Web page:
So while I Switzerland, I didn’t sit down and use the internet because who uses the internet when they’re in a new country for less than 72 hours? Instead, I took my Pukka Pad and wrote down everything at the end of the day while it was still fresh on my mind.
Tuesday, October 6
Personally, I still can’t believe I’m on a plane to Zurich. It’s a mostly empty flight. I’m quickly figuring out what we’re going to do. I show Daniel things and he says “yes”, “no”, or “that’s dumb”.
Anyways, I kind of like this whole not-planning business. It’s kind of a lot of fun!
There was a cart of tax-free shopping (the flight attendants were pushing it). It had a stuffed hedgehog for sale on it. It was kind of hilarious (especially being in between lots of liquor).
On a side note, I’m really excited to purchase something in Switzerland. Not a sweatshirt that screams SWITZERLAND across my chest. Maybe something a little more cultured. Of course, I could always chip off a chunk of the Alps for everyone’s stocking.
Whoop, the captain is speaking. Apparently we’re 30 minutes out.
Daniel is sitting next to me practicing his sitting Alexander Technique. Reading a book on it too.
He’s also been pestering me about listening to Alpine Symphony whilst in the Alps. Nothing wrong with that. I think that was what he was most excited about.
In other news, we have theory homework to do. Daniel brought his with him after he said he wasn’t going to. He worked on it on the 45 minute Tube ride to the airport. So now, my theory is in London and his is in Zurich. Not that we were going to sit down and work on theory while in Zurich. Guess I’ll be doing my homework this weekend. I was only going to look at it on the plane anyways because why would anyone do theory homework in Switzerland? In the Alps? Yep, no one logical.
Thank goodness Daniel doesn’t want to museum and building watch, too. I wasn’t really concerned. Yes, it would have been cool to visit Geneva, but the Alps trump politics and treaties and other important documents when you’re only in Switzerland for a day and a half.
Right now the plan of action is to 1) get picked up from the airport by our hotel 2) arrive at the hotel, see room, discuss with hotel staff where we will train trip on Wednesday. Wednesday: go somewhere in the Alps. Thursday: piddle in Zurich, fly back at 7 PM.
Oh, I also forgot to mention I’m a sea of pink. Pink pen, pink folder, pink dress, pink cheeks.
Wednesday, October 7
I have 2 entries, one from the end of the day and the other from going to Luzern.
On the train to Luzern: We’re on a train to Luzern! We just made our first stop in Thavil. It’s so beautiful here! Though I was rather concerned when we were in a tunnel the entire way to Thavil….
Wait… another tunnel… Back to looking at Daniel. We got up at 6:15 this morning and were on tram 11 by 7:05. The tram moved efficiently and we had time to pick up an amazing ham croissant thing and some other kind of smooth, shiny bread. They were yummy.
End of day wrap up: This morning we woke up bright and early…6:15 (that’s 5:15 London time). We were out the door with 24 hour tram passes in hand by 7 AM. We hopped on tram 11 and headed toward Zurich Bahnhof, Zurich’s train station. We planned time to get lost, struggle with breakfast foods lingo, and eat before boarding our 8:35 train to Luzern via Thavil (pronounced “ta – veal”) and Zugg (pronounced “tsoog”).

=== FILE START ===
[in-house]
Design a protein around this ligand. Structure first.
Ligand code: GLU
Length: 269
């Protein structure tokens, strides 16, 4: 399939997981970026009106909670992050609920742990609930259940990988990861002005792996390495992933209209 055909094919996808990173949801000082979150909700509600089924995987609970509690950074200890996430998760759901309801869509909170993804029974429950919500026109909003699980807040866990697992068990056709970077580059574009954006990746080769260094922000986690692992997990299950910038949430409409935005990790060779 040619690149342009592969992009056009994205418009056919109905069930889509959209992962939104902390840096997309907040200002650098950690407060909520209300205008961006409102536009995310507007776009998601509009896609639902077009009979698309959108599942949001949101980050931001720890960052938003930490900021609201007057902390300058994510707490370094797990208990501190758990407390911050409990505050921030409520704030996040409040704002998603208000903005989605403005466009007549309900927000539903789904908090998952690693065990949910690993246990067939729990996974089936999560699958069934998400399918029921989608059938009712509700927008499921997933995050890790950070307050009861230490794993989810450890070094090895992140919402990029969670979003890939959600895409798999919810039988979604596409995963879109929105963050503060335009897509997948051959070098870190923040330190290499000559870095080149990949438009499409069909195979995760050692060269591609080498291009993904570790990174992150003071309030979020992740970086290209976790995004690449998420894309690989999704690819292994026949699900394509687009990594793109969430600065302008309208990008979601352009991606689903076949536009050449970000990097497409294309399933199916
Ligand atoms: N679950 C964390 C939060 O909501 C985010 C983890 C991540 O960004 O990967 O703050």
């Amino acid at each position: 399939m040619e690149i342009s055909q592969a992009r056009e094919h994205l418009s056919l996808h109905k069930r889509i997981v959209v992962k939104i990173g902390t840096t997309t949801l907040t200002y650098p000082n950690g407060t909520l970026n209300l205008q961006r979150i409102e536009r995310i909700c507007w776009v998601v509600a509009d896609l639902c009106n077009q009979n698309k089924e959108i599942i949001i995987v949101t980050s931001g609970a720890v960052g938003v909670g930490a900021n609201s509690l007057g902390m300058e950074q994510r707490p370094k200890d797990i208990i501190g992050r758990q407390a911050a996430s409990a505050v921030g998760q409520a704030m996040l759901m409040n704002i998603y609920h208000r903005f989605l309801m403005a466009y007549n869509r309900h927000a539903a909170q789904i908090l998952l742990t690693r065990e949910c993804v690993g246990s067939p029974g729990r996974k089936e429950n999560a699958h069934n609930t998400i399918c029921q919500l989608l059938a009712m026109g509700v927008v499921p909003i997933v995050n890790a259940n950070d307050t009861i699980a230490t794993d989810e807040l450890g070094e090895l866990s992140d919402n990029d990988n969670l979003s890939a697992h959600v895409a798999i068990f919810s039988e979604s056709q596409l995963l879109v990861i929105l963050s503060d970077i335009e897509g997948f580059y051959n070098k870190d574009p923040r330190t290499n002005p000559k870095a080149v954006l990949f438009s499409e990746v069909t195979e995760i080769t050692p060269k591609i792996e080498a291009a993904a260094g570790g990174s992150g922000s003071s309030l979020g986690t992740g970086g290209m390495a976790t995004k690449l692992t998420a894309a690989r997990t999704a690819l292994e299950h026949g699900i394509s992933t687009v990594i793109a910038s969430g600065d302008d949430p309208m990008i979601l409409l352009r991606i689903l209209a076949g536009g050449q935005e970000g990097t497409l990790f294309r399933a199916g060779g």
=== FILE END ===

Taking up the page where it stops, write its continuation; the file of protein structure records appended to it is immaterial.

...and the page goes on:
We went to the ticket counter and told the lady we wanted to go to Pilatus. Turns out, you buy your ticket for the train to Luzern, the tram in Luzern to Kriens, the steep hike from the bottom of the hill to the top, the little red cable cars, the big white cable cars, and down the other side by tram. When you break it down by purchasing it by each leg, we got a steal. Plus it included a 10 CHF lunch voucher each for the top of Pilatus. So freaking about the expensive tickets turned out to be convenient and a great value.
Breakfast was an amazing ham croissant-wich thinger and some sort of smooth shiny twisty bread.
After lots of tunnels, we were out in the beautiful foothills of the Alps. There were streams with crystal clear water, valley with huge green trees, farmlands, and mountains in the distance. I took lots of pictures, but the sun was at the perfect angle to cause lots of window glares, so none of them are really wonderful. It only took about an hour to get to Luzern.
At Luzern, we realized how much not-German we know. We ran around, trying to match pictures, but that didn’t work. We ended up going to the tourist information booth (how embarrassing!) and got directions.
And with that I must say, everyone here I’ve interacted with is very friendly and helpful. Many people know English, which is very helpful, but I wish I knew German. At least a working vocabulary of the language. At least I’m a tourist and not an illegal immigrant. Maybe illegal immigrants are really just permanent tourists. Who work and expect benefits. Riight.
Anyways, our Postbus 1 weaved steadily uphill through Luzern and dumped us off at the bottom of the steep hill. We climbed the steep hill and found a long line waiting for tickets for the cable car. Although we had already purchased tickets, we had to get a Pilatus ticket by showing them are rail pass.
The ride up to the peak of Pilatus was almost magical. Daniel was kind of flaky at first when we passed over the wheels on the cable that give the car its oomph. He got over it when we checked out the view. Luzern seemed minuscule behind us. however, my favorite part was definitely the sound of bells rising from below. At first we thought it was a cheesy soundtrack they were piping in the car, but then we found the cows with their bells on! It took us a while to find them since they project so well! They were so peaceful!
When we reached the end of our small cable car ride (the cars held 4 but it was only us), we were bombarded by a guy recruiting for toboggan riding and zip-line/ropes course. The course took about 3 hours, so we opted for the toboggan ride. I was apprehensive at first, but then again, how often do I get the chance to toboggan in the Alps?